Speaking of commentary, I was a bit bothered by media overload. Besides the tv screens on the wall of the box and hanging
over the seats, there was the jumbotron. What was playing on the jumbotron wasn't always what was on the tv. So I was never
sure where to look: the field, or one of the screens, and which screen? Inside the box, you couldn't hear the announcements
in the stadium but you could when you sat in one of the stadium seats in front of the box. What really drove me nuts was when
the jumbotron kept scanning the crowd to show something happening in some far-flung corner of the stadium and I couldn't figure
out where the picture was coming from. Is was sort of like: is this picture on the screen for real? is this really happening?
am I here or am I not here?
By the way, the cameras never noticed us. Our box might as well have been a little slit in a bunker in Normandy for all
that the cameras –- or the public -- cared. Our box certainly was positioned well, it would seem to me, in that we were
just over the Jay's dugout, a little to the left (our left) of home plate. Certainly a good vantage point to see everything
that was happening on the field. But we were rather higher up than I expected. You couldn't see the players' faces. As you
know, I like to be able to have a clear view of performers' mugs in order to get the best of their expressions when I'm attending
any kind of show. So it was a little disappointing to find that we were too far away to really get the feeling of knowing
any of the players. From what I could see of their pictures on the jumbotron, however, they all looked like nice guys.
The dome had been closed when we arrived but, soon after, it began to open. It was nice to be able to catch a corner of
the summer sky behind the high rise office buildings. Eventually, as the sky faded to dark, a cool breeze came up and I was
perfectly cozy, curled up in my corner of the box with my cardigan with the olive green accents.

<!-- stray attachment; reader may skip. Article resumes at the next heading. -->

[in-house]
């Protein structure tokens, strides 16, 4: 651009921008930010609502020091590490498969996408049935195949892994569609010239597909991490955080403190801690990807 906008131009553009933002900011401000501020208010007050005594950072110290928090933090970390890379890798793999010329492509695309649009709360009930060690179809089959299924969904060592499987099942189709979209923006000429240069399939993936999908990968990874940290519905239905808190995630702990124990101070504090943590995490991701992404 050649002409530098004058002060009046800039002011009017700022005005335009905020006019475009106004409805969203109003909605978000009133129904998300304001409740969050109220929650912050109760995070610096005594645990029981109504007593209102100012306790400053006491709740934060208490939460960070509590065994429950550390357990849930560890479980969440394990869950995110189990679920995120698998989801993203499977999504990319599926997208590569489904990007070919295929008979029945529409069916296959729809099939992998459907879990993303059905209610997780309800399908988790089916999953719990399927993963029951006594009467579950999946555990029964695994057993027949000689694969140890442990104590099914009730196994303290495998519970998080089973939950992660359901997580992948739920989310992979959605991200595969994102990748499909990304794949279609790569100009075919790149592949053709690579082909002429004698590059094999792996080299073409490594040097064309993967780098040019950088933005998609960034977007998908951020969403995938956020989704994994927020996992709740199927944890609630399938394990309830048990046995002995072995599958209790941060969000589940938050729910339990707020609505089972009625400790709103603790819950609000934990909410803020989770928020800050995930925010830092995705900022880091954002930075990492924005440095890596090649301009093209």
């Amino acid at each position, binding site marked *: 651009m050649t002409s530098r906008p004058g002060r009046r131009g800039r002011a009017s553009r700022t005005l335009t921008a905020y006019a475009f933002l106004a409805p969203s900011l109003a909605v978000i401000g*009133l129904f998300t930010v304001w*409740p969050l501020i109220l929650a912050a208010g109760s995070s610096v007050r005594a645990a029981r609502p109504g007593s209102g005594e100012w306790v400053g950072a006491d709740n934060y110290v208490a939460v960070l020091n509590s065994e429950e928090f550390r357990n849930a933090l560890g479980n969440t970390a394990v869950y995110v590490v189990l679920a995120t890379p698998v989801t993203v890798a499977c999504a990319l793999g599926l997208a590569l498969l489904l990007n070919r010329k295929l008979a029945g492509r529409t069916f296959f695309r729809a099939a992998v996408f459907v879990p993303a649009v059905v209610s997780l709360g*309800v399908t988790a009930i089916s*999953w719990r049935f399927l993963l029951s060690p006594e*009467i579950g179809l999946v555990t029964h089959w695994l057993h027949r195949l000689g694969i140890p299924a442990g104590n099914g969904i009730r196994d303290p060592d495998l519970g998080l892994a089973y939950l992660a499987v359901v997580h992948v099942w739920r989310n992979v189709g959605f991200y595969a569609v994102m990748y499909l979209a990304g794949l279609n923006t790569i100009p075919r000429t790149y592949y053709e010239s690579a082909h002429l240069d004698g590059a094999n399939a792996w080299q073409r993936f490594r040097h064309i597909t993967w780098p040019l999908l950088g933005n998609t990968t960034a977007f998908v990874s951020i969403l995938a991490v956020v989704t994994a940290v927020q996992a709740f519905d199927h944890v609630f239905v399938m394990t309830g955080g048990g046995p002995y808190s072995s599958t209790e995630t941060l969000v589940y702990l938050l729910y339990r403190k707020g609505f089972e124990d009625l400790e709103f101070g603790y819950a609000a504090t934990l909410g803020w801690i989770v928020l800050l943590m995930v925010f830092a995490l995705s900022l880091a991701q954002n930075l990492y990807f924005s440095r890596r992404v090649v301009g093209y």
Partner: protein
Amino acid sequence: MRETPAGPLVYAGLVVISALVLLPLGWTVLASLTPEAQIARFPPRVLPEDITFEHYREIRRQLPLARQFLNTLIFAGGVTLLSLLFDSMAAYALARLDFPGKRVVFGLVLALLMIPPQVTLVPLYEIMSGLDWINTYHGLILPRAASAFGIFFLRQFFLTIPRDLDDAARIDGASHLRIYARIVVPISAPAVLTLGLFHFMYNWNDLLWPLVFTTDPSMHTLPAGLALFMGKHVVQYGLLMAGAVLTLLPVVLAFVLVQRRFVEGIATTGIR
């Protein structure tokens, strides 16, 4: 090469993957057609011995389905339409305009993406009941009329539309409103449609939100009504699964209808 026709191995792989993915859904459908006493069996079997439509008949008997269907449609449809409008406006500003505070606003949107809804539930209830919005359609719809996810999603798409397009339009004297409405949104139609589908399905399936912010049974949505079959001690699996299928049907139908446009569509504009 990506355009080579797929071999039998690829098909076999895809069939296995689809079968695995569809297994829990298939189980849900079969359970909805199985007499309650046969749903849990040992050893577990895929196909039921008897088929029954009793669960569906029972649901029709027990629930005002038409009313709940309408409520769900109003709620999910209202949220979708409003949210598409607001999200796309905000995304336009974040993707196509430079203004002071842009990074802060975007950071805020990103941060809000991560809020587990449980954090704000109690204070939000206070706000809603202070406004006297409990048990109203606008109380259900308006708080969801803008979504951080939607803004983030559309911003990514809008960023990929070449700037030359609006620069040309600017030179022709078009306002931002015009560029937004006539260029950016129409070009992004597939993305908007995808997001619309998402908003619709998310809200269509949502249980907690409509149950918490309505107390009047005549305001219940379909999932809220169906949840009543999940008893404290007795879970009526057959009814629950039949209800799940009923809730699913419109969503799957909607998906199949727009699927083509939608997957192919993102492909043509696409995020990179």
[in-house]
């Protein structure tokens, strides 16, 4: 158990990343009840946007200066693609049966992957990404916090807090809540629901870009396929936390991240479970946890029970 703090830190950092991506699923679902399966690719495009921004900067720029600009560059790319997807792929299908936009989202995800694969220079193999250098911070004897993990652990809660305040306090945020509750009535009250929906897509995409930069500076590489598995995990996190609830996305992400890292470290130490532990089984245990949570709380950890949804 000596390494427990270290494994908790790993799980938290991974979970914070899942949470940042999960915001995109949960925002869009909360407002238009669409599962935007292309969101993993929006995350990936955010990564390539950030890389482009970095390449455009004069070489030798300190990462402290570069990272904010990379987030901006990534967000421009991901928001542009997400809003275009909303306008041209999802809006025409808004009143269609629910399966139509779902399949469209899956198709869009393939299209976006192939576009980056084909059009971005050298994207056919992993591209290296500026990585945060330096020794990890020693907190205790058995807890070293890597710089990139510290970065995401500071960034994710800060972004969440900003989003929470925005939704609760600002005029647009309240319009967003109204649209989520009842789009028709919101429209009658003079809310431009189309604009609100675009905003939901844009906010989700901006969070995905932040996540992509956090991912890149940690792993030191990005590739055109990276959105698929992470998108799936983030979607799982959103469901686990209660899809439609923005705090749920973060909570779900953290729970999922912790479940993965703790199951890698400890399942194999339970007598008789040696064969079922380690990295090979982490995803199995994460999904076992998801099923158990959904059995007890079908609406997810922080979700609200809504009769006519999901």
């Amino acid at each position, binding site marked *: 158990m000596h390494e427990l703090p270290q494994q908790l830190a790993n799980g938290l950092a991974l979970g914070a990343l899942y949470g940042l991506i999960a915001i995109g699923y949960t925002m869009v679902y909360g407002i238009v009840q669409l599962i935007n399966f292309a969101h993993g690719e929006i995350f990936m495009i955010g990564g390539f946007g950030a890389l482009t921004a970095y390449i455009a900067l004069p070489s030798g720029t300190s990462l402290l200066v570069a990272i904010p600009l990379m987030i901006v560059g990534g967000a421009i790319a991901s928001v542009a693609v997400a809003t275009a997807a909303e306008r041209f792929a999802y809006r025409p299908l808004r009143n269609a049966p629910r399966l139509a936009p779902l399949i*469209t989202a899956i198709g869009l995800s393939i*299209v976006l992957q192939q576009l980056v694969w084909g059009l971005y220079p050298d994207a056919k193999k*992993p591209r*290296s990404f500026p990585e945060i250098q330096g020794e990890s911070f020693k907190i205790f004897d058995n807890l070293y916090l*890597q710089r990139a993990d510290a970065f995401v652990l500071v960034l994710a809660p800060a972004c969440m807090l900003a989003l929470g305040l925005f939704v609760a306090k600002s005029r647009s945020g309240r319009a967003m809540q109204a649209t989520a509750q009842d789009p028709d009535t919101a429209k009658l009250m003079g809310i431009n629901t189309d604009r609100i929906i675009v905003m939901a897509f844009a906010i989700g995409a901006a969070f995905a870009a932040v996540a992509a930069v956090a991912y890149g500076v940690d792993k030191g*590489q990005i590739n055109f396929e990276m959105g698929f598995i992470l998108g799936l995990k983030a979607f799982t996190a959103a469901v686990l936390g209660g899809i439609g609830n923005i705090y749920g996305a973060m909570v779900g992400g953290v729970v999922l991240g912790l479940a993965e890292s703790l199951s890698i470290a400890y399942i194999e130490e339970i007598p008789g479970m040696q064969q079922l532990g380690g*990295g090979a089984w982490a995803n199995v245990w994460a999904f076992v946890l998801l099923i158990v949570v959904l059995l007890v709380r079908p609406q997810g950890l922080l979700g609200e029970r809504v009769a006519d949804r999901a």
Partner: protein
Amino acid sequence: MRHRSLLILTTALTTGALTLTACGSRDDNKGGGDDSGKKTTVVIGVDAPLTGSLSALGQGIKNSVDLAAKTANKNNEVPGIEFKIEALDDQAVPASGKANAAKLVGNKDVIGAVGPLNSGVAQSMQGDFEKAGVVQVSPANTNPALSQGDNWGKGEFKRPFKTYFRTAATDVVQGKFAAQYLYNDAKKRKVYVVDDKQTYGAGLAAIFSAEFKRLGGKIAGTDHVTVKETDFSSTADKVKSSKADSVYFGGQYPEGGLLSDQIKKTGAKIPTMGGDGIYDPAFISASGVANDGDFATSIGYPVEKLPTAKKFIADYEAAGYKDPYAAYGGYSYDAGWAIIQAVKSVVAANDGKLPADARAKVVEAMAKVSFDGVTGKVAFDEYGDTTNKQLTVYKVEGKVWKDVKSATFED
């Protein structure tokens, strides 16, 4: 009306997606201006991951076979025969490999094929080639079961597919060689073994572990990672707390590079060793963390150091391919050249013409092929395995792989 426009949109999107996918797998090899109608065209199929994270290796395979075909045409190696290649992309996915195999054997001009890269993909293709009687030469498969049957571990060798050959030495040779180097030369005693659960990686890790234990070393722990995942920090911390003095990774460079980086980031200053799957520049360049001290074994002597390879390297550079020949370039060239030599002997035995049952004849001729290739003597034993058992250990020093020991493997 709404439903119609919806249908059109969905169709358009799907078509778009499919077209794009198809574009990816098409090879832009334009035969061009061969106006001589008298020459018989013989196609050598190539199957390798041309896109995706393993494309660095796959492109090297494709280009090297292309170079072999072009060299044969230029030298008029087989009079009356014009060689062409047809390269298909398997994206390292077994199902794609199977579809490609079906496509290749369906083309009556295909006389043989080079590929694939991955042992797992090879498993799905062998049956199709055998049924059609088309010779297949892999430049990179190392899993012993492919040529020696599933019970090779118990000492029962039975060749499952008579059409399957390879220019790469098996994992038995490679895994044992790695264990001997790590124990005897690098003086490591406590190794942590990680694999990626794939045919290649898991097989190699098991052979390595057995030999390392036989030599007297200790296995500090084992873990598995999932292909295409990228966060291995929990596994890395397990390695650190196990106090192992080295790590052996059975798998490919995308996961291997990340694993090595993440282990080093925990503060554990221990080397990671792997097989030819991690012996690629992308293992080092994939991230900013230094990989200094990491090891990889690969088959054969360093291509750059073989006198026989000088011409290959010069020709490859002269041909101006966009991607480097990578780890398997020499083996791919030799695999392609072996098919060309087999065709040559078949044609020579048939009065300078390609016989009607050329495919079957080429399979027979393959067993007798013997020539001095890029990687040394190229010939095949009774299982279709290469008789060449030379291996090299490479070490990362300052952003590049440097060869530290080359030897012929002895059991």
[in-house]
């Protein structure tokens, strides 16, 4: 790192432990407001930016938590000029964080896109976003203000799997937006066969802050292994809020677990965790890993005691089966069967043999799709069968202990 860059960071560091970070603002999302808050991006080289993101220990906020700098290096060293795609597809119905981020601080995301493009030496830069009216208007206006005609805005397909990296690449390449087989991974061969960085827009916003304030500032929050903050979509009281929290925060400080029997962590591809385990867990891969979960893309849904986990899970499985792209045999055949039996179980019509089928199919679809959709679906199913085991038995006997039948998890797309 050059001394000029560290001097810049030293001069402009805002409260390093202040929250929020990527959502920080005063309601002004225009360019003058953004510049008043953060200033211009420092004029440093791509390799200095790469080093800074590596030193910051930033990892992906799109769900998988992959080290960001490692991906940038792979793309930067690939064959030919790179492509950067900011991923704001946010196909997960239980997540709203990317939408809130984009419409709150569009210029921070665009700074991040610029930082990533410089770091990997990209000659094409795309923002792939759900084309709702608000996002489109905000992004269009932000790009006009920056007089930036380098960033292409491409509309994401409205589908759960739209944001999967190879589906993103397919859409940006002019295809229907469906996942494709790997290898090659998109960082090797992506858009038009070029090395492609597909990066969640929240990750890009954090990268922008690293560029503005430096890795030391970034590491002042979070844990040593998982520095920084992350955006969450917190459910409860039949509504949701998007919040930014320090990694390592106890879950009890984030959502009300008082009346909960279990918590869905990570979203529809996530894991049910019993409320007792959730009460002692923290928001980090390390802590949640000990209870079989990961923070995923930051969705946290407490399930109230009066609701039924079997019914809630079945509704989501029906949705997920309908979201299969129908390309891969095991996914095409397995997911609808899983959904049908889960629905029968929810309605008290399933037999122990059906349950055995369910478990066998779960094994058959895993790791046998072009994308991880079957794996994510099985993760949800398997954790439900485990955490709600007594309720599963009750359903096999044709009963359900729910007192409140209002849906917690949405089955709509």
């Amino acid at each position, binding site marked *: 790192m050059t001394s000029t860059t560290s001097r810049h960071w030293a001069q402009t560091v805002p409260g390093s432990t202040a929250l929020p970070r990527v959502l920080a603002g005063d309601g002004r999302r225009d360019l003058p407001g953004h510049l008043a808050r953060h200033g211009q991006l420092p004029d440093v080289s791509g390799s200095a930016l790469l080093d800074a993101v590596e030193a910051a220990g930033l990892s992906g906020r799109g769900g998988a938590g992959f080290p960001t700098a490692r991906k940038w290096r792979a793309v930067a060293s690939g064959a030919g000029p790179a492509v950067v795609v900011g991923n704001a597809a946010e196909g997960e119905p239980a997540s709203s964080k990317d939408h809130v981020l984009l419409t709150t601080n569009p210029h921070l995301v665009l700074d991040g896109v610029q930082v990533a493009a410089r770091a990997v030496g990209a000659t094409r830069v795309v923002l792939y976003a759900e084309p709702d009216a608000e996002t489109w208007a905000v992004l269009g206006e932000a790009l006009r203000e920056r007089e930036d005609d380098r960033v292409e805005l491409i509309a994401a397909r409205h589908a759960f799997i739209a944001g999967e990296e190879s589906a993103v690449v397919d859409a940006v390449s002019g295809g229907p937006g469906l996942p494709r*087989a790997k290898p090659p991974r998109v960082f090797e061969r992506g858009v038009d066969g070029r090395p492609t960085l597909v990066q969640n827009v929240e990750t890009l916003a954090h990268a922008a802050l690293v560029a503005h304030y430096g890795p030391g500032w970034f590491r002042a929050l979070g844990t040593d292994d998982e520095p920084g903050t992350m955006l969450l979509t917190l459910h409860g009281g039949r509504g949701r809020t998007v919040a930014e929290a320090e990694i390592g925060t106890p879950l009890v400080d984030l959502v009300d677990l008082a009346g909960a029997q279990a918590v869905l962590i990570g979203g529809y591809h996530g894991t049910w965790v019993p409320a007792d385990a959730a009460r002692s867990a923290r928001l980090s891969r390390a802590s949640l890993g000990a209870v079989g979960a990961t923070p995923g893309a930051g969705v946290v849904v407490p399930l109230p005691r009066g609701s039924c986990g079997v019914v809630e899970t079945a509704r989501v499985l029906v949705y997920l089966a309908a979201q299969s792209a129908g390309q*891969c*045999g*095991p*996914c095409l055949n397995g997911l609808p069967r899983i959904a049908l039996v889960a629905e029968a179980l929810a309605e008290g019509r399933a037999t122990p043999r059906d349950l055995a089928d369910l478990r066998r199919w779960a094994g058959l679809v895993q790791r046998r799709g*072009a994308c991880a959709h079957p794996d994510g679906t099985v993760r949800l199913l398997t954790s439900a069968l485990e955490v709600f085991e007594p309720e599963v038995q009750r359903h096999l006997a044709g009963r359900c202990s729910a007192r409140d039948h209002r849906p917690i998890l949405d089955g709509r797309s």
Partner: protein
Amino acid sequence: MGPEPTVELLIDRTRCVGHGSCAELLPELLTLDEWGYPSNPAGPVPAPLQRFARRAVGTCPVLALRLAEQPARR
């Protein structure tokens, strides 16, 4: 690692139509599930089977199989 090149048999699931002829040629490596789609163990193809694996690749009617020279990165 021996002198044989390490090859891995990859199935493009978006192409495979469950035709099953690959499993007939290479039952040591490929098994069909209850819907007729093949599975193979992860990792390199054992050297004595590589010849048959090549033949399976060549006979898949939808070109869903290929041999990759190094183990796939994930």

And what about the game? My ancient knowledge of baseball started coming back, to the point that I could enjoy the game
and even get excited occasionally. I remembered the stuff about three strikes, four balls, three out, and all that. Some of
the finer points eluded me but some of the other guys were disputing them with each other. I knew enough to clap in the right
places or, more importantly, I didn't clap in any wrong places (as far as I know). The question of my relative ignorance of
the sport never arose. In fact, I was a whiz compared to some of the Brazilian water polo guys. Various attempts were made
to explain the basics but nobody could get to first base with them.
The Jays didn't win but I thought they were all very good. They sure could whack that ball; throw it too, same with catching.
Which raises a question about the whole endeavor. People are always saying what a player should or shouldn't have done. The
players are all doing the best they can, it seems to me. A ball's coming at you and you have a split second to decide what
to do. So you do something but it doesn't work out the way you wanted. So what? Does that put you in the wrong? If it had
worked out for you, it wouldn't have worked out for the other guy. Does that make him wrong?
It's only a game, after all. You can't control everything that happens. It's not like an opera where you know what notes
the soprano is supposed to sing, so you wince when she misses. Or a Shakespearean play where you know exactly what words the
actor is supposed to say. It’s not as if some God on high has clear plan of what’s supposed to happen.
And if your team doesn't win, does that mean anything? I mean, somebody's got to win. If it wasn't the other guys, it'd
be you. So, no matter what, you nearly won. Maybe next time it will be you. Does that prove anything? Not that I can see.
What does it matter about all the millions that are riding on whether or not you hit the ball? Forget about them. I would.
Which may be why my baseball career ended in grade three.